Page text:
Hanging Out With the Noren

Noren are traditional Japanese doorway hangings. Most noren are made of fabric panels, with a slit cut up the center to permit passage through the door.

Japanese businesses traditionally hang a noren in the entrance during business hours. The presence of the noren indicates the shop is open for business. The lack of a noren in the doorway means the shop is closed.

During the medieval period, many noren were made from indigo-colored cloth. White characters on the noren announced the shop’s name and, sometimes, the type of business conducted.  Commercial houses often had a shop name ending in -ya (meaning “house of”), and the use of the name on the noren represented an early form of business advertising.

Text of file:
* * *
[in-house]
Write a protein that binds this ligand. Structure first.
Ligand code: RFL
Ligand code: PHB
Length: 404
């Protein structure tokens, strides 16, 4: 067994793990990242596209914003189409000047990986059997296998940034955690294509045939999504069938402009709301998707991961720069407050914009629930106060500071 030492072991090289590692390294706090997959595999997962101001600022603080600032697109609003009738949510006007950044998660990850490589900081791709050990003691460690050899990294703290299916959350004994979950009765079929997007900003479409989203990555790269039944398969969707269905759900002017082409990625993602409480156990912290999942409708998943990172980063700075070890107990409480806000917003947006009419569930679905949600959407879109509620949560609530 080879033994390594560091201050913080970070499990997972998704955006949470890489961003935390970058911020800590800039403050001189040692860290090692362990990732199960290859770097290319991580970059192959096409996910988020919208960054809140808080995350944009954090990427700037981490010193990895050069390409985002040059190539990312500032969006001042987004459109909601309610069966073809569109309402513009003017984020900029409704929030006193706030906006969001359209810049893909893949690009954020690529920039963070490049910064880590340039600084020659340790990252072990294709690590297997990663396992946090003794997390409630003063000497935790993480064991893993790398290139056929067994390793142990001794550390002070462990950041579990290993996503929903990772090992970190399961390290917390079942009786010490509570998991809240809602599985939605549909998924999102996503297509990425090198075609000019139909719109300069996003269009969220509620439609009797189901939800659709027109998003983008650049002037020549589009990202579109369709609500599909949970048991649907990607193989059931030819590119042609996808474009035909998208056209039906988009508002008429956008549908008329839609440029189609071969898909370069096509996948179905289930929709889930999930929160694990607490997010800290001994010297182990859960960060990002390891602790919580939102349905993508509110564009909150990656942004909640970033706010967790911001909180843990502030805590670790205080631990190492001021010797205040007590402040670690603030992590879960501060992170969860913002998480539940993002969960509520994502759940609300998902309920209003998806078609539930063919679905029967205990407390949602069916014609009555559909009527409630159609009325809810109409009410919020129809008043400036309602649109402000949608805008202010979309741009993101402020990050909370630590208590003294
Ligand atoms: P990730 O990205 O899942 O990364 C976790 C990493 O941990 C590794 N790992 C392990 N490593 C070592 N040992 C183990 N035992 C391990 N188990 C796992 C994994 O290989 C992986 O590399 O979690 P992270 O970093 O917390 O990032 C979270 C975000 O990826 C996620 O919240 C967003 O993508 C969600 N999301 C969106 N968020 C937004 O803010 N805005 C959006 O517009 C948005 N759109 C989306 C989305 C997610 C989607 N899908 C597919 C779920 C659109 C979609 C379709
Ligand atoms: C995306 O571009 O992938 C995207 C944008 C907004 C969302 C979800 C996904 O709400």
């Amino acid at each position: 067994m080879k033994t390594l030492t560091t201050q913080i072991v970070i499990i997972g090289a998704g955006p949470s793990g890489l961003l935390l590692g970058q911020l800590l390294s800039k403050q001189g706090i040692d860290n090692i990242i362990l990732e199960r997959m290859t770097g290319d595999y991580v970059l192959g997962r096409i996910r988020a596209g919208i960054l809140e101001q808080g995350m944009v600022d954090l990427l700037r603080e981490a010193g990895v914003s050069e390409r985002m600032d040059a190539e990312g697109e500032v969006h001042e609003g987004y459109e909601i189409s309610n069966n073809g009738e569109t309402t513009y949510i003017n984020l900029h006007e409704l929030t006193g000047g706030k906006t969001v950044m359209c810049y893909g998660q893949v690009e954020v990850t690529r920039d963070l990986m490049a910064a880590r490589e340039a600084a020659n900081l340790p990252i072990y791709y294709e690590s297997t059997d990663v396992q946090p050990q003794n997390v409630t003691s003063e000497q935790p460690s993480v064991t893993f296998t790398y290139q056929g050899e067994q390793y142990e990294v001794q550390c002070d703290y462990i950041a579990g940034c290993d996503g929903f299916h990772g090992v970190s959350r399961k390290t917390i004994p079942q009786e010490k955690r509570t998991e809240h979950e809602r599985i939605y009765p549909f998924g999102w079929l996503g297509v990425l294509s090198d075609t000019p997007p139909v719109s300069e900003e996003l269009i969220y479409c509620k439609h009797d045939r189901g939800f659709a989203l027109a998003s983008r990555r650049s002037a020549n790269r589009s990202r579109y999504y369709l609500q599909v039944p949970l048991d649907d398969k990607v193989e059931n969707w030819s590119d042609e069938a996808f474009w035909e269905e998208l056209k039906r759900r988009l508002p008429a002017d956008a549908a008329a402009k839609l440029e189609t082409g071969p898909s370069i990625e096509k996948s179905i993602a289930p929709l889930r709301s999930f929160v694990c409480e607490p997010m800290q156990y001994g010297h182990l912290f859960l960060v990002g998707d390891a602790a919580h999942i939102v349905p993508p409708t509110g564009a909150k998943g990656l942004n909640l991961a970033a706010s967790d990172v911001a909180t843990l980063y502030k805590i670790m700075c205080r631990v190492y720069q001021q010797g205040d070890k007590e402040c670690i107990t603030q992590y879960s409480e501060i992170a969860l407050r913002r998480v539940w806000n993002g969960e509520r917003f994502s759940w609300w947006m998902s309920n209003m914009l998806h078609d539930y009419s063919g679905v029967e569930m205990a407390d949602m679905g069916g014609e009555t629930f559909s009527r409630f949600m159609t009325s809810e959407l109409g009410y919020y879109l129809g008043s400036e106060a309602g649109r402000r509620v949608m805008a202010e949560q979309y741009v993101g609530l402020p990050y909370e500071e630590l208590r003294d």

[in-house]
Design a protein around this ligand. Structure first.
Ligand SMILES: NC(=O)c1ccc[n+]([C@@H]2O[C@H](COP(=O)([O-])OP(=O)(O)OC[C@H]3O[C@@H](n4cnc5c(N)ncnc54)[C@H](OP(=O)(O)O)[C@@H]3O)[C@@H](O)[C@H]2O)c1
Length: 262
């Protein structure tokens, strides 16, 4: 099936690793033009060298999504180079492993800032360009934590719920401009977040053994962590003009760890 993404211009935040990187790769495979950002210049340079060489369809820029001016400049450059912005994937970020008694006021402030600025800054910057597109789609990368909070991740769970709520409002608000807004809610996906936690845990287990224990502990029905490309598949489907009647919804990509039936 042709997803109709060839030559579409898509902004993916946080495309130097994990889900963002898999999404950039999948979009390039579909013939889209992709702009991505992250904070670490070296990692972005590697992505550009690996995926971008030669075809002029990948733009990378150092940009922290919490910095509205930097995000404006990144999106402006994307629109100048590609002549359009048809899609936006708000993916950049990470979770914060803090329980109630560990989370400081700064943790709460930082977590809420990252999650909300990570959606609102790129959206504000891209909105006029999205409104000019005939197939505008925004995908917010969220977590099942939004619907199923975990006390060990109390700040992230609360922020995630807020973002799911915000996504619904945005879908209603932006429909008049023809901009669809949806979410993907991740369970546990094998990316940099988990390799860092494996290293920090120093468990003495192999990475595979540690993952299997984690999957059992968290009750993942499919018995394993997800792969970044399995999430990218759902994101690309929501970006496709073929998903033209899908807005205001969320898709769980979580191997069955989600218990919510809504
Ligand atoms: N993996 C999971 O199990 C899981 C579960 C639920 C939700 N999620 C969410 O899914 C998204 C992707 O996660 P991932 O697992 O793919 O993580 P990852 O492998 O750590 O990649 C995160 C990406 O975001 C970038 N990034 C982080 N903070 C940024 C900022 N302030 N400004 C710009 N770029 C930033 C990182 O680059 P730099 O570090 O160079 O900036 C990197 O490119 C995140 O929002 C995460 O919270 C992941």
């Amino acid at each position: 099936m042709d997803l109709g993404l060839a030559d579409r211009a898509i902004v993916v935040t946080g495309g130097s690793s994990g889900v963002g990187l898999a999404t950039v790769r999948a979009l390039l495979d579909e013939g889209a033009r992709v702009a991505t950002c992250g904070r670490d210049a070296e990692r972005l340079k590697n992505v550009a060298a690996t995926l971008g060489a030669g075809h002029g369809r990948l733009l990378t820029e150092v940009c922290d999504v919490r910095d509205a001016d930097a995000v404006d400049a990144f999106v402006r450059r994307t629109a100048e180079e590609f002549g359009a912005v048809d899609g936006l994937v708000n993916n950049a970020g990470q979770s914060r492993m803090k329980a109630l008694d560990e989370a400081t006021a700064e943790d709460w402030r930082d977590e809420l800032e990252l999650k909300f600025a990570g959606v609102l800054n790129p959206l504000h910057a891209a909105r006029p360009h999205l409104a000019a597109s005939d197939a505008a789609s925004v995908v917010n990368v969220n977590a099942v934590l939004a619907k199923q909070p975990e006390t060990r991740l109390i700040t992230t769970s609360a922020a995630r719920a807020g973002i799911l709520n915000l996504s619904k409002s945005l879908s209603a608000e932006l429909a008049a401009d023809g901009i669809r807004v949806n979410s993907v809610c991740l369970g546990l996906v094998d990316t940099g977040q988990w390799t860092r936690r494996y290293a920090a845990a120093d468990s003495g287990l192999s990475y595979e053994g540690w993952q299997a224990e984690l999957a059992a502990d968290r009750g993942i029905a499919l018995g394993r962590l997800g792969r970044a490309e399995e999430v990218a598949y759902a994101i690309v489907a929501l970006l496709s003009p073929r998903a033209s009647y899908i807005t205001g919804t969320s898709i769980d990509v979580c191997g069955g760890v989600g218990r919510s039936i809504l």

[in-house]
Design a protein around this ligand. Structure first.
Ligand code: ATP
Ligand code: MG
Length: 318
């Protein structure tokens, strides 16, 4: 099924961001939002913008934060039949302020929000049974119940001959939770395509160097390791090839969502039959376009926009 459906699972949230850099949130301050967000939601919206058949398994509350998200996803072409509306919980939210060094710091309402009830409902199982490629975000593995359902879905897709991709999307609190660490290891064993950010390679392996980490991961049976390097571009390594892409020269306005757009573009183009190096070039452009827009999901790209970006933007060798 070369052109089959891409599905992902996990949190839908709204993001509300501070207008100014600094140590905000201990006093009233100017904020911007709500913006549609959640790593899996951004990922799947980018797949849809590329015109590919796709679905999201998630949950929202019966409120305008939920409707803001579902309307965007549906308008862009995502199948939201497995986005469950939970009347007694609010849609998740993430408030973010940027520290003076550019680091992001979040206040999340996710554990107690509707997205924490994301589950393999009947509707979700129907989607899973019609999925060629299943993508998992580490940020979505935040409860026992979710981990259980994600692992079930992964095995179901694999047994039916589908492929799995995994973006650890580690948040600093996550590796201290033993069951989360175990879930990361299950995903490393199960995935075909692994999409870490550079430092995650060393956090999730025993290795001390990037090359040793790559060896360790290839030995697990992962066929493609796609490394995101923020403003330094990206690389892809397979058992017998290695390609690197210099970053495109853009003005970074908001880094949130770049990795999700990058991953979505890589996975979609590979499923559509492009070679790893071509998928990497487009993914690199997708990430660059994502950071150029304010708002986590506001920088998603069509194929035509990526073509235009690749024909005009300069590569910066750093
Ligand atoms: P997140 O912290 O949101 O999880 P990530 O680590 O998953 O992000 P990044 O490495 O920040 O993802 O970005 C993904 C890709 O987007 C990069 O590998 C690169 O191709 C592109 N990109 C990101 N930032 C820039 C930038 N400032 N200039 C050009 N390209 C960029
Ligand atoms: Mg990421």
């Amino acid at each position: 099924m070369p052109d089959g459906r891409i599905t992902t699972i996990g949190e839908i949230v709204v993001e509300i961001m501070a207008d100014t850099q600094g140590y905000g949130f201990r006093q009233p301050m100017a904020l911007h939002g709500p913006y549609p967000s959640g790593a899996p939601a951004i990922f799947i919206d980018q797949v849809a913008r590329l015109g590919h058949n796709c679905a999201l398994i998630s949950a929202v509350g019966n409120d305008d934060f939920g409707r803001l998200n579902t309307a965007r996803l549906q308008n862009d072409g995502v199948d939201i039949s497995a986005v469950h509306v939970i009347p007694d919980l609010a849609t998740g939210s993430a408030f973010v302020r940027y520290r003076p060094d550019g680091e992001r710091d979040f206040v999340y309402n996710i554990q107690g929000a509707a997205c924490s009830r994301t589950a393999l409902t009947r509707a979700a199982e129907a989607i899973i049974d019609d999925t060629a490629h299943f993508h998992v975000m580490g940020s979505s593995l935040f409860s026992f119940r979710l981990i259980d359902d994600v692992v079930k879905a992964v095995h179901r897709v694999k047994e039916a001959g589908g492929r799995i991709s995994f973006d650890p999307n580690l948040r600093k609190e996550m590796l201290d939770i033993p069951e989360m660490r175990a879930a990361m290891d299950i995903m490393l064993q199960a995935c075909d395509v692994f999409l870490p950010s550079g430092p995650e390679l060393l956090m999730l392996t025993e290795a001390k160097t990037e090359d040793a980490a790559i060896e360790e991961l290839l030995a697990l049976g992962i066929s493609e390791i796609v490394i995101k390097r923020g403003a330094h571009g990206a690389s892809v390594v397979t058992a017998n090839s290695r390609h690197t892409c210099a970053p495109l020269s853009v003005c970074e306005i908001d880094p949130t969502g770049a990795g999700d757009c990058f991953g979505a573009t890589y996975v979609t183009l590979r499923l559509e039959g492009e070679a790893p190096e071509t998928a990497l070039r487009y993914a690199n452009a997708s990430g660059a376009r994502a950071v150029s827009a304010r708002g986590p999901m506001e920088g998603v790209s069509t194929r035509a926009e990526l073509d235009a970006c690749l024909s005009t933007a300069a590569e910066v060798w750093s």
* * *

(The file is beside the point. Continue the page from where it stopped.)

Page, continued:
13E Wiki Noren Amagase

Modern Japanese businesses continue to use the noren, as the image above* demonstrates. The photograph shows a fabric shop in Nara, Japan, with a noren displayed at the entrance. Customers walk between the hanging panels to enter the shop.

Have you ever visited a business which displayed a noren, or seen one hanging in a doorway? Did you know the noren represented an early form of advertising, as well as a signal that the shop was open for business?

*(image credit: Amagase; image obtained through Wikipedia Commons, and licensed for re-publication under the Creative Commons Attribution-Share Alike 2.5 Generic license)

 

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